Sunday, January 5, 2014

Hate is a strong word.

I have come to the realization that the word 'hatred' - for most people - is not necessarily synonymous with 'phlebotomist'.

But as I sludge through the "routine" scans, follow up appointments and lab work I am required to complete every three months - the word doesn't seem to hold nearly enough weight.

Particularly on the heels of a frustrating run-in with a condescending, needle-wielding tech who unfortunately happened to be on duty when I stopped by to have my labs drawn.

As I recall - this was the image on Elvira's name badge.
 Try to avoid her if you can.
Now, I will concede I've never been known for my fabulous vasculature.  Due - in part - to my "pocket size" stature as well as inheriting the fuzzy end of the genetic lollipop stick - I am not the girl who ever leant an arm to nursing school classmates intent on honing their IV skills.

And after a year of chemotherapy, countless lab draws and IV starts, my vein status would now rival an octogenarian heroin addict.

So, my beef with this particular tech (we'll call her Elvira) is not her failures - which were perhaps inevitable - but rather her dismissive demeanor.  And this, in my book, is inexcusable.

It is also something that can easily happen when caregivers get so wrapped up in accomplishing a task that they forget their "task" is also a person.

Me (rolling up my sleeve):  "I need to warn you - I am a terrible stick and you will need a butterfly."

Elvira (Giving me a quick smile and a wilting "that's what they all say" look as she ties a latex bow around my arm):  "Oh, ok."

Elvira quickly stabs into - and misses - her best option, the tiny colorless vessel in my right AC.  *Heavy silence*  She calls to a coworker who - after much fishing - attempts and finally fails to salvage the stick.

Elvira feels my fingers - now numb from lack of circulation.  "Your hands are ice cold," she quips - as though I am somehow to blame for her botched attempt.

Poke number two also fails to produce and I know from past experience we are running out of options. The only viable vessels left are deep and run close to sensitive tendons and nerves.  And I do not want to have to return tomorrow.

Me:  "Can you please check to see if Vascular Access is available?"

Elvira (Gouging into my other arm): "They usually only do port access."

Me:  "I know, but they've had to come in the past."

Elvira (Half-heartedly asking a coworker if IV therapy was in house on Saturdays as she fished with the needle for another elusive vessel):  "If I were you I would ask for a port."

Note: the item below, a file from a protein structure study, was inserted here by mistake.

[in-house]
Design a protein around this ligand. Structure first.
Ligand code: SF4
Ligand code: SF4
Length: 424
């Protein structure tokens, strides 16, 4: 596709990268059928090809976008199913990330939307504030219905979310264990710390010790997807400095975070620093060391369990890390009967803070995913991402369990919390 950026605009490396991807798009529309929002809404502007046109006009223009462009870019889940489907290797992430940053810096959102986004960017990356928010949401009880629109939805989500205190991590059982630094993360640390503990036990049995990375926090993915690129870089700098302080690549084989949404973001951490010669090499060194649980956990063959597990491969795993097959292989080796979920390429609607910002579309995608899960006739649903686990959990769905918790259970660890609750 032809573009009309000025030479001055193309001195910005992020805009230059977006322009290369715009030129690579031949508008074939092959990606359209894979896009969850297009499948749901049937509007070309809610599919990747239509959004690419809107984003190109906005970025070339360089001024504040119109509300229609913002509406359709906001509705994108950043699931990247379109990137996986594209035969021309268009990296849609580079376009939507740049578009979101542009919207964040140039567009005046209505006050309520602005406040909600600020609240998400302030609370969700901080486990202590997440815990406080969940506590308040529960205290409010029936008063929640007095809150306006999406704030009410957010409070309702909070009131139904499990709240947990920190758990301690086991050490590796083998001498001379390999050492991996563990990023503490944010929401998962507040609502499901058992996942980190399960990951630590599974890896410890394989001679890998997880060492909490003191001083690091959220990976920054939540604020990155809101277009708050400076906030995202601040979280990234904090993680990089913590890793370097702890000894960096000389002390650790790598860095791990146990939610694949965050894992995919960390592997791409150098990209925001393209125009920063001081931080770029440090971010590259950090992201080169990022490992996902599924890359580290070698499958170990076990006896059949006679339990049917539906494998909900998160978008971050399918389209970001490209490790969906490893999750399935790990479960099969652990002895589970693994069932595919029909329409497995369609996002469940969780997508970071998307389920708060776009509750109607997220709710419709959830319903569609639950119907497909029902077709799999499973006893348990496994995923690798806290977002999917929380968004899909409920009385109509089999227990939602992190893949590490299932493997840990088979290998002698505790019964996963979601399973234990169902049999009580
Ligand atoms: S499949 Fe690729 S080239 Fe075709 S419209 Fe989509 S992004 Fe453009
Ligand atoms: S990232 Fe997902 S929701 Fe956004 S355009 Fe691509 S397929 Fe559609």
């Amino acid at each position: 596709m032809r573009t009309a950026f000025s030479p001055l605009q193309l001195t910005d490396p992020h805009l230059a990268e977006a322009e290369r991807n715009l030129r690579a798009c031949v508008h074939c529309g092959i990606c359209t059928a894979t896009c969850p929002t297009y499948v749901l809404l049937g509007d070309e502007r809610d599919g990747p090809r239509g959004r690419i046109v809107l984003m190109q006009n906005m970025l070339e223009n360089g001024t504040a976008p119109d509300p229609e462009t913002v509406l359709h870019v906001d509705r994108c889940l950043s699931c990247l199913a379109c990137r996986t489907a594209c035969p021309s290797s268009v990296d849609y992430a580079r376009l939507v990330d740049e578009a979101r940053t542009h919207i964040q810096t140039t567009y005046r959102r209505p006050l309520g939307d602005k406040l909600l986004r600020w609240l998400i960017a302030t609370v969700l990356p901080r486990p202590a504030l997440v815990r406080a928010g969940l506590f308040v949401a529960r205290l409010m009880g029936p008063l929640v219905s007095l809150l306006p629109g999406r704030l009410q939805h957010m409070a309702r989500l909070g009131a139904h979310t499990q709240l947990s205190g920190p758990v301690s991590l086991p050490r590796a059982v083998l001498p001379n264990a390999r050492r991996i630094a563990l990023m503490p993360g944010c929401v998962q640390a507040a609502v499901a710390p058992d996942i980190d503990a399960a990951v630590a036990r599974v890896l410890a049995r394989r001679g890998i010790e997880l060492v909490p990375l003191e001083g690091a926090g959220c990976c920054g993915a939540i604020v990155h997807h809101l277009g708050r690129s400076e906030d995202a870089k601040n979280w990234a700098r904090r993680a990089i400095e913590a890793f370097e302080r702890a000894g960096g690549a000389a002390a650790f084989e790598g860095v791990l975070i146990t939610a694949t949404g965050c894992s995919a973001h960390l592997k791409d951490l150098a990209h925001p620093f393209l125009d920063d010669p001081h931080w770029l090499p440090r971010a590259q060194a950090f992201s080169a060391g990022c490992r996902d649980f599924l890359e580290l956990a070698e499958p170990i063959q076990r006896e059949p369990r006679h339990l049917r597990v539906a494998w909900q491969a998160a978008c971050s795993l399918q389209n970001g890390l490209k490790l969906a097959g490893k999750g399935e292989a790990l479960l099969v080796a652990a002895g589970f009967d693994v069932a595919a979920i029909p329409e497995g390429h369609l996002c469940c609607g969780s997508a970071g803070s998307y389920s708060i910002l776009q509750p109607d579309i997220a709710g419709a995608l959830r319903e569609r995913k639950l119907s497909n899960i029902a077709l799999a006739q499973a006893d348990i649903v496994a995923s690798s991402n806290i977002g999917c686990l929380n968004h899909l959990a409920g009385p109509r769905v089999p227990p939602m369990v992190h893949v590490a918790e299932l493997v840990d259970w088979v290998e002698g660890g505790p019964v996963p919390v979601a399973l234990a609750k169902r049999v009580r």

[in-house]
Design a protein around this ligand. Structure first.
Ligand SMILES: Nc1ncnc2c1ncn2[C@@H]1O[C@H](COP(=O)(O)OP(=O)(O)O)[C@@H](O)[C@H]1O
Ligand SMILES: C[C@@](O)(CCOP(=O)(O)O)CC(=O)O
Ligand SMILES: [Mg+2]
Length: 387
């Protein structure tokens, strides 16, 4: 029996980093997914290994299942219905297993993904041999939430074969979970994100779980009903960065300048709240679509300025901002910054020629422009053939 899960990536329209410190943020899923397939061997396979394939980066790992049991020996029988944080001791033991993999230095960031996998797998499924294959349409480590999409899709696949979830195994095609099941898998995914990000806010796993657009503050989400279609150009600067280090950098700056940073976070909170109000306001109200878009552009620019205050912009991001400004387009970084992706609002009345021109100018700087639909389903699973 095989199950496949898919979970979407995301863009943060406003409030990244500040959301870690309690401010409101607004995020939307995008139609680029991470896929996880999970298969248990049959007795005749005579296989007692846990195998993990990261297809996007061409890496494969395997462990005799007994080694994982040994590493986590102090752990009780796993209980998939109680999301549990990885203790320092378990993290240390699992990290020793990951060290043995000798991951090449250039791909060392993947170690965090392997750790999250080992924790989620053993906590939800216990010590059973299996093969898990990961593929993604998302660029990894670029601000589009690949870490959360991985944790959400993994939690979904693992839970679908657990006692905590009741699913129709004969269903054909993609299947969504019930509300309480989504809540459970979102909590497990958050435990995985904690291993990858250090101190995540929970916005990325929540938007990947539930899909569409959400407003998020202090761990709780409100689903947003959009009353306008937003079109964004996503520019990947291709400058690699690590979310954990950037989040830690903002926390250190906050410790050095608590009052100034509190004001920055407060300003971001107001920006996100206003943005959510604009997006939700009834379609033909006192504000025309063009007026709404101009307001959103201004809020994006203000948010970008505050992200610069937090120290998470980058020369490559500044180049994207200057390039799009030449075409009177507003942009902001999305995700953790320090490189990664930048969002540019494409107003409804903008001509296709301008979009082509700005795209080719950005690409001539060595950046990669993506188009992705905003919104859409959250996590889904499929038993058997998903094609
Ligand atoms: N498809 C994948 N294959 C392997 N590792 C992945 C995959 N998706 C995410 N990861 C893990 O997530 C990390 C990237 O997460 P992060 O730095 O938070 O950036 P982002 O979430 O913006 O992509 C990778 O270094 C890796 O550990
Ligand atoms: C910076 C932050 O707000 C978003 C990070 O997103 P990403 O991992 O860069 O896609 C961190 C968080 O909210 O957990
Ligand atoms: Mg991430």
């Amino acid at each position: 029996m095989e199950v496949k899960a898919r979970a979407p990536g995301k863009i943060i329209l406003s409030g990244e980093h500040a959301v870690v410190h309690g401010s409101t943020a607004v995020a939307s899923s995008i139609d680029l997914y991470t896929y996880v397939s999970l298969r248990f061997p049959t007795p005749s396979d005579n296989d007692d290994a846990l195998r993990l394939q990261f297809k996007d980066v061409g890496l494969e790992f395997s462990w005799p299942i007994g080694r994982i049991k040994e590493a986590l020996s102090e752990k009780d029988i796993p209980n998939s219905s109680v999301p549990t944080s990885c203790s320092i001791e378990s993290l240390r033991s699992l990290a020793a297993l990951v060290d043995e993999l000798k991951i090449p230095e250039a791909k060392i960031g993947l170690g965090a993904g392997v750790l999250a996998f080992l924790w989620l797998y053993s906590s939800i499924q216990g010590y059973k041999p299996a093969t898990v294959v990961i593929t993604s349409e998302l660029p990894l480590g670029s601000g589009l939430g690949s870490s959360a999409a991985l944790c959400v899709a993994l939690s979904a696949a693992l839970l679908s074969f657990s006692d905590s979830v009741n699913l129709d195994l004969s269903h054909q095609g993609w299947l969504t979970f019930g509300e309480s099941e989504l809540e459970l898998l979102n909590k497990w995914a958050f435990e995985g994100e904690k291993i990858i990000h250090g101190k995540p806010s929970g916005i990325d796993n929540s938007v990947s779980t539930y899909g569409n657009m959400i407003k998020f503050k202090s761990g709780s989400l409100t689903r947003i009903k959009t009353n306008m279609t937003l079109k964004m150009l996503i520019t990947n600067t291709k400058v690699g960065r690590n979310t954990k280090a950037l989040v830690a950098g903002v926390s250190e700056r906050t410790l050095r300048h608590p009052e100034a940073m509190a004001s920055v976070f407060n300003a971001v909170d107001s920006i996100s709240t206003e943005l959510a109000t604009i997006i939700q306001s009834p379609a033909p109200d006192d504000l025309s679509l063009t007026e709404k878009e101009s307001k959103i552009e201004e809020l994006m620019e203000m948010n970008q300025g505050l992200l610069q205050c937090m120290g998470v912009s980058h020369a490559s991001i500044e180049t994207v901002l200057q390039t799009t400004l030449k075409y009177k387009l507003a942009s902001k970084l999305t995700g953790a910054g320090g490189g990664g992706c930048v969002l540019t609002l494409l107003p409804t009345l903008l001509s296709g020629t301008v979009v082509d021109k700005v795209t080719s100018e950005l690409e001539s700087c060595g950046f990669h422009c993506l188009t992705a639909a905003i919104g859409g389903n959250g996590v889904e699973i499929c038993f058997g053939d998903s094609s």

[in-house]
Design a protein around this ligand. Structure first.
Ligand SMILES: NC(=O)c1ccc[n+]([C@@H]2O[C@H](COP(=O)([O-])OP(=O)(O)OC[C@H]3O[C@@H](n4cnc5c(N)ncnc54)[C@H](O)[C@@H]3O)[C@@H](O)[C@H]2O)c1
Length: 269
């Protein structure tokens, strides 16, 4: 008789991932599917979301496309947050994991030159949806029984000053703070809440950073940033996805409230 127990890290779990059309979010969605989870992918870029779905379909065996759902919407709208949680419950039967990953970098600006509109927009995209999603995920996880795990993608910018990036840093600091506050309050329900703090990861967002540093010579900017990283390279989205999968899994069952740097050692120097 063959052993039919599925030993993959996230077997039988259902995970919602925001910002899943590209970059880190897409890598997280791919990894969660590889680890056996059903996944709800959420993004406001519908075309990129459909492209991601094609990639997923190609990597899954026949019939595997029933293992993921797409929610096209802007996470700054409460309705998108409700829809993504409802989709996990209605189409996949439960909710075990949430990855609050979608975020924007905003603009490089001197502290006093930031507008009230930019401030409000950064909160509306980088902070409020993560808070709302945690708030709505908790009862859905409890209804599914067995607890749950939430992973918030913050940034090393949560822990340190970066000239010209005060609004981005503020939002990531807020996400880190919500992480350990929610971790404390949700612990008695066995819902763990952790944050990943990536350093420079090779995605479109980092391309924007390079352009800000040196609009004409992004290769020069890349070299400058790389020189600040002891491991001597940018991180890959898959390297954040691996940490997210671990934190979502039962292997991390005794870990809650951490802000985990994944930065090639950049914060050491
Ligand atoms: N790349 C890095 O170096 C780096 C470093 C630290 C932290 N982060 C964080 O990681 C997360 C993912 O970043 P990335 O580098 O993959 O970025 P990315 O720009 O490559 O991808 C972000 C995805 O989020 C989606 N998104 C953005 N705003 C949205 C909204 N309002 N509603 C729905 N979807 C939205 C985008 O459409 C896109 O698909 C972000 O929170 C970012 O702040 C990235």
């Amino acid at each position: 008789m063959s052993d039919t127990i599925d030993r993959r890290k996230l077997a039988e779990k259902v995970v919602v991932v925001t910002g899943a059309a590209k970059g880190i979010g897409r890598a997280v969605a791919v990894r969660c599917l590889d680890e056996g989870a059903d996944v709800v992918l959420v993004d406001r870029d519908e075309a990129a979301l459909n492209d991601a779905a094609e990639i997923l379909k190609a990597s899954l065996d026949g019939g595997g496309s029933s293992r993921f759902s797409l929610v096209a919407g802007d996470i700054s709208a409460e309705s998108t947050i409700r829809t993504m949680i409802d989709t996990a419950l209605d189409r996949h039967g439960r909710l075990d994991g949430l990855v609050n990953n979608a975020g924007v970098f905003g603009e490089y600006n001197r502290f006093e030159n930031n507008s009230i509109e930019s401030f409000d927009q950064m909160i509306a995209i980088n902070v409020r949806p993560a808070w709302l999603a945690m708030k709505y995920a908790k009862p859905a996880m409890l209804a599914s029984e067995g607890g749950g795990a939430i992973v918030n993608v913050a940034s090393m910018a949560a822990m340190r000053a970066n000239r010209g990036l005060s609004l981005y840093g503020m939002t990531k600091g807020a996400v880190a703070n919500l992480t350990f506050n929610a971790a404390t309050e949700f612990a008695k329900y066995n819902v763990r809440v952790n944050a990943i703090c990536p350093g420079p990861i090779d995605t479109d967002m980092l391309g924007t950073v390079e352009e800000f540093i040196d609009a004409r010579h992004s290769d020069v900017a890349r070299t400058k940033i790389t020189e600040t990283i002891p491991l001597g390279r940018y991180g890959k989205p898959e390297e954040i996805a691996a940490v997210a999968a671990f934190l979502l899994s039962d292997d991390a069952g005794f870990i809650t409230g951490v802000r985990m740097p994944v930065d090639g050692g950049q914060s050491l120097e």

Me (Closing my eyes in an attempt to remain zen-like as I remind myself that this woman could not possibly understand what I had recently gone through):  "I had a port."

Elvira:  "Oh what, it didn't work?"

Me (Wincing as she gouged a nerve - both literal and figurative - I recall the bulging lump in my chest I was so ecstatic to have removed months ago):  "No, it's just that I'm done with treatment. I don't need it anymore."
This is NOT your patient!

Finally, they break out the hot packs (that should have been used from the start) and manage to access one of the lacy surface veins that emerge on the back of my left hand.  The requisite tubes are filled - drop by painful drop - before this vessel too gives way. Both arms and one hand are stippled with tiny bruises and because Elvira was unable to retrieve a hold-tube I will need to return next week for more Bengazi-style treatment when additional labs are ordered for yet another upcoming appointment.

Nearly an hour after I first entered the hospital, I finally emerge - close to tears and feeling defeated. I want to give up.  I want to walk away from that building and never return.  I want to fashion an intricate Elvira voodoo doll in retribution for making me feel so devalued and helpless.  But instead I order a latte and vow to write a blog about my experiences.

Being a patient is humbling.

And I am sorry to say I have encountered many "Elvira's" during my experiences on the other side of the table.  Like the MRI tech who asked me if I had been experiencing any symptoms after the first set of scans searching for brain mets had been taken or the nurse who handed me an appointment card for a mammogram  - months after my bilateral mastectomy.

But thankfully, for every rotten interaction I've had - I've had ten-fold more experiences that have helped to restore my faith in the medical system and remind me of why I became a nurse in the first place.

I'm keeping this on hand - just in case.
That just didn't happen over the weekend.

I think it's important to remember, as caregivers, no matter how crummy our day may be (and I'm quite certain Elvira was not enjoying herself Saturday morning) our patient is having a much worse time of it.

We may not always be able to save our patients from suffering -  but it is absolutely essential we are kind.

And though, I know - I know - how busy you are, please take the time to be intentional in your practice.  It really does make a difference.  As cliche as it may sound - it is the little things that end up leaving an imprint in the lives of the people you are taking care of.

So, make eye contact and talk to people - not over them.  Bring warm blankets/ice chips/a clean gown when you say you will.  And remember to explain procedures, because although this may be your whole world, it's not something the patient may be familiar with - and that can be scary.  Also, say you're sorry when you hurt someone - and mean it.  We can tell the difference.

But beyond that, please remember that the frustrating patient you can't get an IV/NGtube/Foley into in room two-twenty-whatever - is someone's child or parent.  That patient might be your coworker.  And though I hope this is never the case - that patient could be you some day.

So be kind.

Because life is hard enough without having an Elvira to contend with.